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longdivision1Early in my teaching career, I had a parent tell me in utter frustration that her son had received the same comments on his report card since he was 2 years old; he was 12 at the time. In other words, he was true to himself. This child was incredible in so many ways. He was kind, caring, hard working, socially adept and inquisitive. He was the mayor of the school. Everyone knew and appreciated him. He also had a hard time staying on task and getting his work done… because he was busy working the room. And that is who he is; sometimes there is no escaping.

This is the time of year when we resolve to make changes in our lives. We seek to become better versions of ourselves and are determined to do what is necessary to make that happen. One thing that can get lost in this quest is the fact that there are some things we just have to decide to accept. Working in a school teaches us this each and every day.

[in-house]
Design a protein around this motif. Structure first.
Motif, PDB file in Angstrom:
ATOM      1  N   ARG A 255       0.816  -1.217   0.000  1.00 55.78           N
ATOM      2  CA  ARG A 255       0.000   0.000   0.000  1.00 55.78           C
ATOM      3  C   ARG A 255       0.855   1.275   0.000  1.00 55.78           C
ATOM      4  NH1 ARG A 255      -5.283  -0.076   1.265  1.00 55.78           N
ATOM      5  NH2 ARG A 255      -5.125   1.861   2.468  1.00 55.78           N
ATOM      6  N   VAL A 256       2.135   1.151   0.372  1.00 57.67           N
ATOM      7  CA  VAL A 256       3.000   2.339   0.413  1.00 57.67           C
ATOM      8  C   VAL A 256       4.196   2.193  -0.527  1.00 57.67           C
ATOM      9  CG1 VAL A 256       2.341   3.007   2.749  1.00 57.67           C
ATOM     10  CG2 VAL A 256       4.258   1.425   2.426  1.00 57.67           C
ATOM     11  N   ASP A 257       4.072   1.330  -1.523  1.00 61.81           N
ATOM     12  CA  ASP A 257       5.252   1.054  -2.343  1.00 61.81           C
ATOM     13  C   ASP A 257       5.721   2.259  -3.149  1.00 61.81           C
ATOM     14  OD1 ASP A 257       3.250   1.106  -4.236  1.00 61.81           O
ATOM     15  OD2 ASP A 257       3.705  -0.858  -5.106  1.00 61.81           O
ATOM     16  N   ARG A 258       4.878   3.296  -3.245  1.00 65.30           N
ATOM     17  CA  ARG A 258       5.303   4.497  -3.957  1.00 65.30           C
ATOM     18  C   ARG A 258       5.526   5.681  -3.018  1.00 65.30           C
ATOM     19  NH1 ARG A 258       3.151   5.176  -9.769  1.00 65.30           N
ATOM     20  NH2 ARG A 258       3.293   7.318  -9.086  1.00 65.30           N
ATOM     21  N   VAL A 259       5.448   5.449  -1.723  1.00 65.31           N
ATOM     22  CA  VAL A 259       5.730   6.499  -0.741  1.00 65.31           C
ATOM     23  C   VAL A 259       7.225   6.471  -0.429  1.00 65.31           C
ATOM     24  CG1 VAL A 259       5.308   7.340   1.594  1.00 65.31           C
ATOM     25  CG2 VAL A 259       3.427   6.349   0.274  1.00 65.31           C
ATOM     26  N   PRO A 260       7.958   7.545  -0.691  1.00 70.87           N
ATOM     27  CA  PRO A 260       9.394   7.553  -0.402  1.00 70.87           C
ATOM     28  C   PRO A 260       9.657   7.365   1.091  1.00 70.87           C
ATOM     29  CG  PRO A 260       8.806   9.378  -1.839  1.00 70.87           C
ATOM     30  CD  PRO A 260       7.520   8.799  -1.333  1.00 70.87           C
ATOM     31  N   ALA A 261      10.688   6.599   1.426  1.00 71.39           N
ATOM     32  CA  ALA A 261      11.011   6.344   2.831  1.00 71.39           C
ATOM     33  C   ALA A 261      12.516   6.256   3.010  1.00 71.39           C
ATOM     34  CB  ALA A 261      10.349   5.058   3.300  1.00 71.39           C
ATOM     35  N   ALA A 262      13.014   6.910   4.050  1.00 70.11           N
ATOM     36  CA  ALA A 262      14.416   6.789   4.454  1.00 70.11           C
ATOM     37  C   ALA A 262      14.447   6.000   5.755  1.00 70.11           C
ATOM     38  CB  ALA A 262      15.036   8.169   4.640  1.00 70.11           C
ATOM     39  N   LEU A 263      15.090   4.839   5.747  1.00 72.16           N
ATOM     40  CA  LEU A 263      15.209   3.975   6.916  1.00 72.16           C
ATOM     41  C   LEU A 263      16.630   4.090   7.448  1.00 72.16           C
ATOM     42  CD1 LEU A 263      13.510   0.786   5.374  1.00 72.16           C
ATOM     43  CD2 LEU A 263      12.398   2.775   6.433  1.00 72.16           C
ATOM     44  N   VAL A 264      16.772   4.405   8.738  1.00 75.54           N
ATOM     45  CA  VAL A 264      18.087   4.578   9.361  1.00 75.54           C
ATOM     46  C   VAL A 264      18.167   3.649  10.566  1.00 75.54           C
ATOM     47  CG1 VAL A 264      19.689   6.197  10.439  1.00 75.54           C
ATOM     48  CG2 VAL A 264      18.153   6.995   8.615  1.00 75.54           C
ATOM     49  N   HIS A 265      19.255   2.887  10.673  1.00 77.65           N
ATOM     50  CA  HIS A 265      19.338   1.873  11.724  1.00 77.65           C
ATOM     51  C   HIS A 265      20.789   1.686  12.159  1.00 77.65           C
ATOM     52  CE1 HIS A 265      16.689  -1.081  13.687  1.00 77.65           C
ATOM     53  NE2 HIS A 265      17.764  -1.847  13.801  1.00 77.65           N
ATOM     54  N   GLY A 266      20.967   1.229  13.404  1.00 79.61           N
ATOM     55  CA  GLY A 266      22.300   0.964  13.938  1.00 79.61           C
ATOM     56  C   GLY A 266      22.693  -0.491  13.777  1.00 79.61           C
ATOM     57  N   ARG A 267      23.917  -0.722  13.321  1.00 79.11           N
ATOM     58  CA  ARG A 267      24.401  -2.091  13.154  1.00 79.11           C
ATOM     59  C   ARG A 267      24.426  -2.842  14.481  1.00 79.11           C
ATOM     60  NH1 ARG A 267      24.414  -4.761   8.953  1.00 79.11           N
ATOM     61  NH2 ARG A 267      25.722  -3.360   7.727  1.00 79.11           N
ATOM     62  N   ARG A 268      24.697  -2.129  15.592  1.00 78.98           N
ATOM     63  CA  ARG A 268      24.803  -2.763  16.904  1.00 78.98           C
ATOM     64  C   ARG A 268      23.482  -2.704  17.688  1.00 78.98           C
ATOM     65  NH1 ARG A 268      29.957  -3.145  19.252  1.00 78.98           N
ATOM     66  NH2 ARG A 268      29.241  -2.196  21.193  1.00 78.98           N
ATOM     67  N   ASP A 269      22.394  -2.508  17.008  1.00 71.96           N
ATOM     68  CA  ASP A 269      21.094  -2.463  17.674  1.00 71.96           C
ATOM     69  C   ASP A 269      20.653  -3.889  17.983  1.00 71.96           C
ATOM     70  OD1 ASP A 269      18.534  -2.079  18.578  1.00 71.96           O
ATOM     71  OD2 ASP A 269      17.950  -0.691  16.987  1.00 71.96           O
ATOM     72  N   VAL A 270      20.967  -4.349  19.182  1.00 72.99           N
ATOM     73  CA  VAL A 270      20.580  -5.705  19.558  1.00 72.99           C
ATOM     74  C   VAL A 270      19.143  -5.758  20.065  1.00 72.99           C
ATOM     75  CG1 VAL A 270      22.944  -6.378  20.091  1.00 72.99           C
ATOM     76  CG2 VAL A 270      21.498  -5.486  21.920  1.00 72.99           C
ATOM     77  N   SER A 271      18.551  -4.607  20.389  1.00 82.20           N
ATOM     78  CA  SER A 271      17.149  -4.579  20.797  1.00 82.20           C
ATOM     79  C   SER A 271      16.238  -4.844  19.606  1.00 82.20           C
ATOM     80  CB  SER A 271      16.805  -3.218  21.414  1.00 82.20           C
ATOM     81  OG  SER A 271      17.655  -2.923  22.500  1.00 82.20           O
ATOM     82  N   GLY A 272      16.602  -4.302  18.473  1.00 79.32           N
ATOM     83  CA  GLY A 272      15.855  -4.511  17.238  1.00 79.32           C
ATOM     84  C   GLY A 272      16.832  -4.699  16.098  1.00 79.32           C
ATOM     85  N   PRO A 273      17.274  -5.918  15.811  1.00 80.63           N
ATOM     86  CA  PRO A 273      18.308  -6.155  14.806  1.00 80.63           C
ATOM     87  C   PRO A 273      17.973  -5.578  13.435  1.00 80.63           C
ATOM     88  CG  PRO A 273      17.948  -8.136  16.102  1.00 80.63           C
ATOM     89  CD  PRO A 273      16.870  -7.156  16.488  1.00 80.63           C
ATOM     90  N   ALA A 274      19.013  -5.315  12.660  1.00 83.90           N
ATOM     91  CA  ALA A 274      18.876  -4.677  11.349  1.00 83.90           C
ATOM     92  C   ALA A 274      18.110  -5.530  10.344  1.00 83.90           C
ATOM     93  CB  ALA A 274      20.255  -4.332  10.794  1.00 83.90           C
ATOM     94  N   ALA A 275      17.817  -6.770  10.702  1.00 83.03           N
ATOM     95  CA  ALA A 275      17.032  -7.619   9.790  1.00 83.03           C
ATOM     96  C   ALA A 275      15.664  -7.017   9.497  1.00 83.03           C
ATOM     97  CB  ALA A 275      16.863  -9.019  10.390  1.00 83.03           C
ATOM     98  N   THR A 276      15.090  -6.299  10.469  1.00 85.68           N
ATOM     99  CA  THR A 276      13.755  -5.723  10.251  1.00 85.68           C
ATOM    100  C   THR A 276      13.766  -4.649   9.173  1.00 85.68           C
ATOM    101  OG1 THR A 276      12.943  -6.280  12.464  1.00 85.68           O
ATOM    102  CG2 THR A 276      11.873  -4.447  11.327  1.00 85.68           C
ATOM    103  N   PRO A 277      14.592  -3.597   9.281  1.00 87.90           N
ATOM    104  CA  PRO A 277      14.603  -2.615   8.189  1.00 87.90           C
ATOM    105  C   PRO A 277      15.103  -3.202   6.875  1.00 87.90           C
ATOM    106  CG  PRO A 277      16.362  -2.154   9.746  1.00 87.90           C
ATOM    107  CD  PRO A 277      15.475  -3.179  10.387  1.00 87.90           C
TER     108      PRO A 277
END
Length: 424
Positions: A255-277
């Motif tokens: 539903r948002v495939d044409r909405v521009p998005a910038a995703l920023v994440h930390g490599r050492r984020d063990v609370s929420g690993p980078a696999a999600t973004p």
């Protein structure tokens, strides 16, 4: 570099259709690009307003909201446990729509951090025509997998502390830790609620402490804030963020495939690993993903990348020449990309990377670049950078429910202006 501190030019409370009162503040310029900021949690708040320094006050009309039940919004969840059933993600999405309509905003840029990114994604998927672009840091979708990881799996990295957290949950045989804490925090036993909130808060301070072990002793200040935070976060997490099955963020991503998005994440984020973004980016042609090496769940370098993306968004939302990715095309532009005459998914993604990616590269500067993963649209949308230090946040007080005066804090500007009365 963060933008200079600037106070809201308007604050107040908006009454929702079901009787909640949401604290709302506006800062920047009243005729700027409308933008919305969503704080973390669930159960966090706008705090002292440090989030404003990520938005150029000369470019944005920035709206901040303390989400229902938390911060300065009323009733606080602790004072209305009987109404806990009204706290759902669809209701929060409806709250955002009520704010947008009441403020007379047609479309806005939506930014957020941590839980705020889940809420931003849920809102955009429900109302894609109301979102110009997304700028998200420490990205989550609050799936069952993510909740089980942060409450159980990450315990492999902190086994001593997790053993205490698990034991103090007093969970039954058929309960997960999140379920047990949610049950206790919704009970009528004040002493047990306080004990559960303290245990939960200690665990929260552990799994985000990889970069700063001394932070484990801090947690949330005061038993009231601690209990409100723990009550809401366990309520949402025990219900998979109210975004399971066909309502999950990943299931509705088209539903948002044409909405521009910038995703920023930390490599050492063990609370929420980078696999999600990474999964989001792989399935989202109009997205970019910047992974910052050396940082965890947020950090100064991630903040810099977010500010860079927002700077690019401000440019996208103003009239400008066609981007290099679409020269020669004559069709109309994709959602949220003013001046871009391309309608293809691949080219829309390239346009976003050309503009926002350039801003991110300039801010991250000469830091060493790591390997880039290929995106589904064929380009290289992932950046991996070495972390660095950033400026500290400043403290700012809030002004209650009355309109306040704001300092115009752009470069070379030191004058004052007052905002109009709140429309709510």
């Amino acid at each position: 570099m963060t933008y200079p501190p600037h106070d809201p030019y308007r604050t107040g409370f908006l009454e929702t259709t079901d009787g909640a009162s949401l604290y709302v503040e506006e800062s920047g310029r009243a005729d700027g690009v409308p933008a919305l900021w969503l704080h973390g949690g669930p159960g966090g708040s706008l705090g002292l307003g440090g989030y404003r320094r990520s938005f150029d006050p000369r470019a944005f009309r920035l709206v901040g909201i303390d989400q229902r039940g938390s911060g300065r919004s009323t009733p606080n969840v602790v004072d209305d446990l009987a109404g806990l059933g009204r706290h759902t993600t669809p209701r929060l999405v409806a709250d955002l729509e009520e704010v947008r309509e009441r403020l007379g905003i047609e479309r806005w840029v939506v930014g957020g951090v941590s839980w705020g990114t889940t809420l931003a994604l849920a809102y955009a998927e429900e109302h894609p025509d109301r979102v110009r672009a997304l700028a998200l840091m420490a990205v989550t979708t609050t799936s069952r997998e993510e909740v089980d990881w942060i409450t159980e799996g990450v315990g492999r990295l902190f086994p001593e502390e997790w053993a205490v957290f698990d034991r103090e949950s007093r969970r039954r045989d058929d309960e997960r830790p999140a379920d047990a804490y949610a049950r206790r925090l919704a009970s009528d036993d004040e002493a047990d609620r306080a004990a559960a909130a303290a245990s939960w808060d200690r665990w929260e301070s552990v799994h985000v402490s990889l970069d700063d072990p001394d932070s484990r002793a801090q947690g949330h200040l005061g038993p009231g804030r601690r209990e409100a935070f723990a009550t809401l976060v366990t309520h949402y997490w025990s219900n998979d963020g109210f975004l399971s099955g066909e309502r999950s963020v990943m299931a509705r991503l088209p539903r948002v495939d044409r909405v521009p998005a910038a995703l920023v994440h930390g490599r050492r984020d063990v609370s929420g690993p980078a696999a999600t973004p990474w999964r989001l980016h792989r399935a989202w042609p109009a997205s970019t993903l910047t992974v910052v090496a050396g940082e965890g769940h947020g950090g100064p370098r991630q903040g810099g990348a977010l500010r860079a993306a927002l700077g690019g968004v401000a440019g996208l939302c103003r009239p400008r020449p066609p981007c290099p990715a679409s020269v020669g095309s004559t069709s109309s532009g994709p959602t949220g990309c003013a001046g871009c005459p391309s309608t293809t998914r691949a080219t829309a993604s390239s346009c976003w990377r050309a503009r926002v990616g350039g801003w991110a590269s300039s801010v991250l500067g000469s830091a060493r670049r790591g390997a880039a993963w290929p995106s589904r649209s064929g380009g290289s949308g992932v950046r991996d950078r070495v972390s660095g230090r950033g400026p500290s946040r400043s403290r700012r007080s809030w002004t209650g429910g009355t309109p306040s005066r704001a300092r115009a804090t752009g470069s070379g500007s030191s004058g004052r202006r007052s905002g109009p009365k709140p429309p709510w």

As educators, we have the unique opportunity to help students understand more about who they are as learners and as people. As they grow and learn more about themselves, they learn how to adapt and accommodate their challenges while also sharing their gifts. If they are not so good at math, they may ask a friend for support and guidance. If they are good at writing, they may support someone who needs to grow in that area. The important lesson is that, while they have challenges, they continue to be a valued contributor to the classroom, to learning, and to their friends and families. Learning to garner the support one needs to be successful is critical because some things continue to challenge us no matter how much we learn and grow. And, sometimes, that is the resolution that is needed for children to see themselves as successful. Accepting our challenges allows us to recognize and address them.